A team of French researchers have developed Nao, a humanoid or a robot with an autobiographical memory for use aboard the International Space Station (ISS). Al set to become the first permanent member on board the famous spacecraft, Nao will then pass on knowledge acquired from previous astronauts to the new ones who come to take their place every six months.
For cultural transmission of knowledge, a robot must understand cooperative behaviour. Researchers working on Nao have therefore developed a system which allows a human agent to teach Nao new actions through a voice command, visual imitation or physical demonstration.
These instructions thus given to him are then combined into procedures and stored in his autobiographical memory, thereby enabling him to reproduce them for future members if required.
“The transmission of information on board is essential, since crews change every six months. In this scenario, an electronic card is damaged,” said senior researcher Peter Ford Dominey from the Institut cellule souche et cerveau (Inserm/UniversitA© Claude Bernard Lyon 1).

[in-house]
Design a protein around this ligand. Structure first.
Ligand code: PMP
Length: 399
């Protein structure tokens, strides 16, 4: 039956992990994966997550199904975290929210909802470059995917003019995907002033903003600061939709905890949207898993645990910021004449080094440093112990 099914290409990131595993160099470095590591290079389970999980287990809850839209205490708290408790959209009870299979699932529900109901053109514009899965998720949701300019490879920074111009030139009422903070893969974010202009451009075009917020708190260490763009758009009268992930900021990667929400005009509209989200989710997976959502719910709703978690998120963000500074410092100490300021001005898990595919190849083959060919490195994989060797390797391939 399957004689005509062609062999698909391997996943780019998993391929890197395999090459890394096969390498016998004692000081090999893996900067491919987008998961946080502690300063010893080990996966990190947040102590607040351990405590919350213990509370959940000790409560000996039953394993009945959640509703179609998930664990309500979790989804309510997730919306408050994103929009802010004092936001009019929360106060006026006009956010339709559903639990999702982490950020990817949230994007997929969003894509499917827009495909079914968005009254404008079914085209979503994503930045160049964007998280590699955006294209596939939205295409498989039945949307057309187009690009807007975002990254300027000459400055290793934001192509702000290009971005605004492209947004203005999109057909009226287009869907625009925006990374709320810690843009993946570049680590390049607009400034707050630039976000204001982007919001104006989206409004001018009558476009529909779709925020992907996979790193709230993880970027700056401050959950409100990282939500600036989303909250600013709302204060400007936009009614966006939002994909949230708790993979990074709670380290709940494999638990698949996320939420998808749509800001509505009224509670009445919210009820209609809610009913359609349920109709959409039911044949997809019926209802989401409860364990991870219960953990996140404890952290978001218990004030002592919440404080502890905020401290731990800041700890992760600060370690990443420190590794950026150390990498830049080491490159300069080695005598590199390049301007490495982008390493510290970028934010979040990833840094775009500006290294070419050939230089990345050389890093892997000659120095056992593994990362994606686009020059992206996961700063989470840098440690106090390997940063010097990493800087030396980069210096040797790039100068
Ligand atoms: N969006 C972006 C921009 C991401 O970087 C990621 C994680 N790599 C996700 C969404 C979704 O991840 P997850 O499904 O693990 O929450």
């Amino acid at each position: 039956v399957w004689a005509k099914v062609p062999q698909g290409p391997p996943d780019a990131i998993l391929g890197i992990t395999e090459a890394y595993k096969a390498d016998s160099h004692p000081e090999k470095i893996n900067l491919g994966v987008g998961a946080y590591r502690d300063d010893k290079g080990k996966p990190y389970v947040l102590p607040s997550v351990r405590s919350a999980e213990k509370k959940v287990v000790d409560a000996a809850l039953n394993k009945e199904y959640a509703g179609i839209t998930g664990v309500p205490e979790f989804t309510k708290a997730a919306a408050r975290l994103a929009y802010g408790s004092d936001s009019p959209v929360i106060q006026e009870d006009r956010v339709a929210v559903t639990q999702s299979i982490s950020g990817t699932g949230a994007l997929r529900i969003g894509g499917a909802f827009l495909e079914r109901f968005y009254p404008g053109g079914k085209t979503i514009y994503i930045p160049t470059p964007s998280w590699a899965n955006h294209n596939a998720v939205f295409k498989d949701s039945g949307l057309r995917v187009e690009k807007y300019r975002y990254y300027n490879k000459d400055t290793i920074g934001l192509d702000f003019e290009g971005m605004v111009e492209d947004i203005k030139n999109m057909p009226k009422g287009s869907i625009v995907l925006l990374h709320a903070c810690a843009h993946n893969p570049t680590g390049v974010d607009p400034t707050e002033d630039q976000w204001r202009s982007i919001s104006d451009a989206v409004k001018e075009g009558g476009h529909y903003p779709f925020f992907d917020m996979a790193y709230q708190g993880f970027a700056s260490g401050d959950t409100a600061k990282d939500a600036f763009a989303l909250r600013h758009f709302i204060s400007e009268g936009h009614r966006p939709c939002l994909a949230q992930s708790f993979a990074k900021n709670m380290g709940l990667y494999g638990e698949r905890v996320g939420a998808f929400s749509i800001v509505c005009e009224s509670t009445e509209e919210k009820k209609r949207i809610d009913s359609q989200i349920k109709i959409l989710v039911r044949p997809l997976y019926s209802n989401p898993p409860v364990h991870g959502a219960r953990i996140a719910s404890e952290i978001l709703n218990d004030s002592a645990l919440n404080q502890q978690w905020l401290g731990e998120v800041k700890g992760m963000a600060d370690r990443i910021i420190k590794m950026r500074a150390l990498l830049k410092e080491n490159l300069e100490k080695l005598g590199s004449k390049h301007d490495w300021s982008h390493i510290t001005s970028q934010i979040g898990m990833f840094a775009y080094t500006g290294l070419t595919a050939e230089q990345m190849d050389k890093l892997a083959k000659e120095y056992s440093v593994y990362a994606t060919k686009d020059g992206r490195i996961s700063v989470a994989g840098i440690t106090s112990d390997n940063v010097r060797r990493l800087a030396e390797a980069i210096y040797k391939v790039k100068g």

To test how good Nao is how useful he could be at a later stage, researchers working on him imagined a scenario wherein an electric card had got damaged, with the robot playing the scientist’s’ assistant. He was asked to follow directions, bring or hold parts of the card while standing by their side as they worked on the damaged part.
They expect Nao to be able to guide anyone else dealing with the same or similar problem later since he has watched the entire repair process and stored it in his system.
Autobiographical memory includes events experienced by Nao himself along with their context. He will thus be able to record events along with their dates and the names of those present when it took place.
“This technological progress could notably be used for operations on the orbiting laboratory,” added Dominey.
The humanoid robot Robonaut 2 is a result of close collaboration between NASA and the US Defense Advanced Research Projects Agency (DARPA). The joint team is now looking forward to testing it in space like conditions which include zero gravity.